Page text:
Crowe’s Walker defence: ‘more violence over toilet rolls’
South Sydney owner Russell Crowe says he has seen more violence in supermarket toilet-paper scuffles than Cody Walker's karate kick in a street fight that landed him a two-week ban from the NRL.
The Hollywood superstar is urging chief executive Blake Solly to look at all avenues of appeal for Walker's suspension and has backed coach Wayne Bennett's decision not to report the incident to the club management or the NRL integrity unit.
"It is our opinion that giving Cody Walker a two-match ban is not a sustainable decision based on precedent, and that needs to be re-examined," Crowe said in an email response to questions The Daily Telegraph in regards to Souths' handling of the matter.
"Cody came forward, he brought the subject to light with his coach at the time. Apart from the initial minor piece of stupidity he has done what players are asked to do."
Walker has apologised for his role in the fight in Casino last December and said he would accept any penalty.
"The video needs to be understood within the context of grief and the wake of a young relative's suicide, and the cultural context of a small town rocked by that death," Crowe said.
"I think we've all seen more violence recently over toilet rolls in supermarkets.
"For someone to bring the game into disrepute is a very big statement. I think it is being used in too broad a form and its application player to player, club to club is currently inconsistent."
Bennett was the only person at Redfern who knew about the incident before it came to light because of a blackmail attempt.
The club has been fined $20,000 for hiding the incident from the NRL integrity unit.
He declared Bennett's actions showed why he is "the pre-eminent man manager in the game" and so highly regarded by the players.
"As a club we require Wayne Bennett to take responsibility for his men and we believe he has shown that leadership here," Crowe said.
"Let me say I think the NRL integrity unit have done a fine job so far, I'm glad they are there and I appreciate more and more the nuance that they bring to their process of discovery.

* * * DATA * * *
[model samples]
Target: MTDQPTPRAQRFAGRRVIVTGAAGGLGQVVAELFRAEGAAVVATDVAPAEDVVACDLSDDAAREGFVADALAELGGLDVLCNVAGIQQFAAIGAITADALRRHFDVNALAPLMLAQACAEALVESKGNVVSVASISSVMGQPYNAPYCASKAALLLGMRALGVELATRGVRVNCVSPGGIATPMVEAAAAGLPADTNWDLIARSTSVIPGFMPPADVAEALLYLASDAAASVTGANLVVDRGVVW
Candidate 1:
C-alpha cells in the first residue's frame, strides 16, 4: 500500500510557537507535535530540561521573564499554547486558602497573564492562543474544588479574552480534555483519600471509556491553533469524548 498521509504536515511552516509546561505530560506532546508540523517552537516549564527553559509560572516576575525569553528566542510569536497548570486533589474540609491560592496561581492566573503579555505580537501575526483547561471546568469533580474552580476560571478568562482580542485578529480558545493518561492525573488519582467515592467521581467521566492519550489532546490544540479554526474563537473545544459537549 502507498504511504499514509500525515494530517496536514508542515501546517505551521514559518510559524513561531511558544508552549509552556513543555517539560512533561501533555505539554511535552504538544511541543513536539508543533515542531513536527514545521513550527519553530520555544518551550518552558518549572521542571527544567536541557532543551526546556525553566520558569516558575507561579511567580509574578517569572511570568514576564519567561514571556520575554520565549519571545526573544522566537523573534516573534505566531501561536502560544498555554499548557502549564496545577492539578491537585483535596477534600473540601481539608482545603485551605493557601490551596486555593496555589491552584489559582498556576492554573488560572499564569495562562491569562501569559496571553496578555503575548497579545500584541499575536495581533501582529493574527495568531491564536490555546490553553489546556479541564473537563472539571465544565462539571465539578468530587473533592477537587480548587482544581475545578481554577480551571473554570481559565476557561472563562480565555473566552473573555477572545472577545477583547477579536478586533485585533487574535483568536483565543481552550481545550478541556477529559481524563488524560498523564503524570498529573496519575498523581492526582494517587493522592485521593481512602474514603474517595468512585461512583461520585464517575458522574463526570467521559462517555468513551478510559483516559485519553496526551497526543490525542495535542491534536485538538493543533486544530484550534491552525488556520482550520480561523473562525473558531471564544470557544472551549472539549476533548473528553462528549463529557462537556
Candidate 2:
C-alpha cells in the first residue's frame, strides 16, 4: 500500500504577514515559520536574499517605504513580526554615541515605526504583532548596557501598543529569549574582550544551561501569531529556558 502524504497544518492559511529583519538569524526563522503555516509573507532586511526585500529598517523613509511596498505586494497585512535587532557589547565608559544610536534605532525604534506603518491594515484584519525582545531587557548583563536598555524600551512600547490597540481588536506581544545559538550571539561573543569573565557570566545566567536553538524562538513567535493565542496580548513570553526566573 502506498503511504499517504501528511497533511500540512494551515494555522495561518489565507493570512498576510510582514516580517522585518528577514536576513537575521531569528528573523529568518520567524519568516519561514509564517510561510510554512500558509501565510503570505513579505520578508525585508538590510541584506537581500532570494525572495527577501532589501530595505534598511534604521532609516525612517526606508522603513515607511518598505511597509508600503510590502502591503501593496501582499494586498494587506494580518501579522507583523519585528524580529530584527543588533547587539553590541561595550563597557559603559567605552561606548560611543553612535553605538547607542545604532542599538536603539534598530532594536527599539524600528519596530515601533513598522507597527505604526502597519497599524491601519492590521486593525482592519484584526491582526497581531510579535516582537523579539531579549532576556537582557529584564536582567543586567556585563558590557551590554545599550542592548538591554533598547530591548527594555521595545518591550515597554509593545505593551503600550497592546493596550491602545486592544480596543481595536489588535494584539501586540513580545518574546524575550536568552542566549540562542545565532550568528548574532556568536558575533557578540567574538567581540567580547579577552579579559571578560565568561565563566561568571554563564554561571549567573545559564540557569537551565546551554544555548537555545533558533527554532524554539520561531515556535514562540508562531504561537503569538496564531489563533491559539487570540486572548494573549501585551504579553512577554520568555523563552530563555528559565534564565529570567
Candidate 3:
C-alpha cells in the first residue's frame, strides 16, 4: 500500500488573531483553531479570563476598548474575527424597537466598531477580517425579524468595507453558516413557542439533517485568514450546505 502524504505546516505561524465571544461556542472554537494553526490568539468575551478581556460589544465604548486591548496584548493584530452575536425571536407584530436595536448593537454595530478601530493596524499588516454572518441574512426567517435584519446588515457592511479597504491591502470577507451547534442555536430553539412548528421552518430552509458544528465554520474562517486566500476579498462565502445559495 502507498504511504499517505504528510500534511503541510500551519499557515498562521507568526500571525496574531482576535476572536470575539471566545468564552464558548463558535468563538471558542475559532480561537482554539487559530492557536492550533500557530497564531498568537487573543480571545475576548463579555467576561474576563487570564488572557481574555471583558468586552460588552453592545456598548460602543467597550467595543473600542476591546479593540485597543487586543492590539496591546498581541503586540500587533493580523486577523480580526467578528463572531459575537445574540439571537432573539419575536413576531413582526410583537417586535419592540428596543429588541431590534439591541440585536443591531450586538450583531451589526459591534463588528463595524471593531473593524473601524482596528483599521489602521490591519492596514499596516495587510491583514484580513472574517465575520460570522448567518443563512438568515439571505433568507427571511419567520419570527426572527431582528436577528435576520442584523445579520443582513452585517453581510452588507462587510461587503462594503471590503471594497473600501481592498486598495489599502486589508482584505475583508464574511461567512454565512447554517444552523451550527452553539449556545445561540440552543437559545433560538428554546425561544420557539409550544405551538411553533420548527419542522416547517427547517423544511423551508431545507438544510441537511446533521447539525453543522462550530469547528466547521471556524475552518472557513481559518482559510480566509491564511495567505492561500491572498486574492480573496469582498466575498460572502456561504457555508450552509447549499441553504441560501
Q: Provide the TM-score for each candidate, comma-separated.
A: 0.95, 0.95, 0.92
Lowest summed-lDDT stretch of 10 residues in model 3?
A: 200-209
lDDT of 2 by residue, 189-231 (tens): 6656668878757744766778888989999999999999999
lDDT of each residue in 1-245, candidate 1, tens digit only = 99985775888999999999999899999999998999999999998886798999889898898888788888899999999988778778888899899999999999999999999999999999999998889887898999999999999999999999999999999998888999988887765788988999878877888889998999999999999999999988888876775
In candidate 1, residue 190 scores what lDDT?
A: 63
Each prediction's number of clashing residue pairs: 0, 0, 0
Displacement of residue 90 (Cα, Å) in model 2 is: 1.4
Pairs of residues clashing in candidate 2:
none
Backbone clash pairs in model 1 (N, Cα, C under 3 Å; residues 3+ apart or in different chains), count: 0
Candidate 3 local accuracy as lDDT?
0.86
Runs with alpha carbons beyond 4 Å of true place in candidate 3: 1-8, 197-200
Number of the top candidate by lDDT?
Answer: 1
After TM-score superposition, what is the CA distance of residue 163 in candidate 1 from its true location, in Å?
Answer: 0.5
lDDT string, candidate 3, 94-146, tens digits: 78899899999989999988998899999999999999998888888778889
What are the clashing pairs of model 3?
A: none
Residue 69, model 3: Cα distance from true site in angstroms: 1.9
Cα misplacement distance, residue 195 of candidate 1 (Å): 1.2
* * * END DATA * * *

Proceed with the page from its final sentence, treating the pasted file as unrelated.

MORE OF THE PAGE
"In all due respects the club is united behind Wayne Bennett's handling of this situation. That Cody Walker sought Wayne out is an indication of the level of respect he has amongst the players.
"That Wayne came to a conclusion made on his trust in Cody to be truthful, accept that truth, and show his respect to the player in return, shows you why the players hold Mr Bennett in such high regard, and why he is the pre-eminent man-manager in the game."
Crowe said Bennett always puts the wellbeing of his players before anything else.
And it is one of the reasons why he has been so successful and so tight with his footy teams over four decades.
"Within man management is the very salient issue of mental health," Crowe said. "I expect Wayne's decision was to put Cody's wellbeing as his priority and I respect that decision.
"Furthermore, I would expect and require all of our coaching personnel to have player wellbeing as their priority."
The Rabbitohs will now consider appealing the fine.
"We will examine the fine, we don't agree with it." Crowe said. "That's not said with malice or accusation, we just don't agree with it.
"I'm reassured by recent statements by Mr V'Landy's that he is seeking to reshape how the NRL regards the clubs and starting to take advantage of the sharp minds around him. Joe Kelly, Blake Solly and others. Andrew Abdo seems to be proving his worth in the CEO capacity and that's good for all of us."
Crowe then addressed the extortion attempt before the video was released.
"What this situation underlines, with threats of blackmail and payments demanded, is that there is a perception out there in society that the media is easily manipulated," he said.
And then finally to another little issue …
"In reality, the entire organisation only has one focus this week," he said. "Eastern suburbs. Dual premiership winners, world club champions, the benchmark of the game. Looking forward to it."
Originally published as Crowe's bizarre Walker defence: 'more violence over toilet rolls'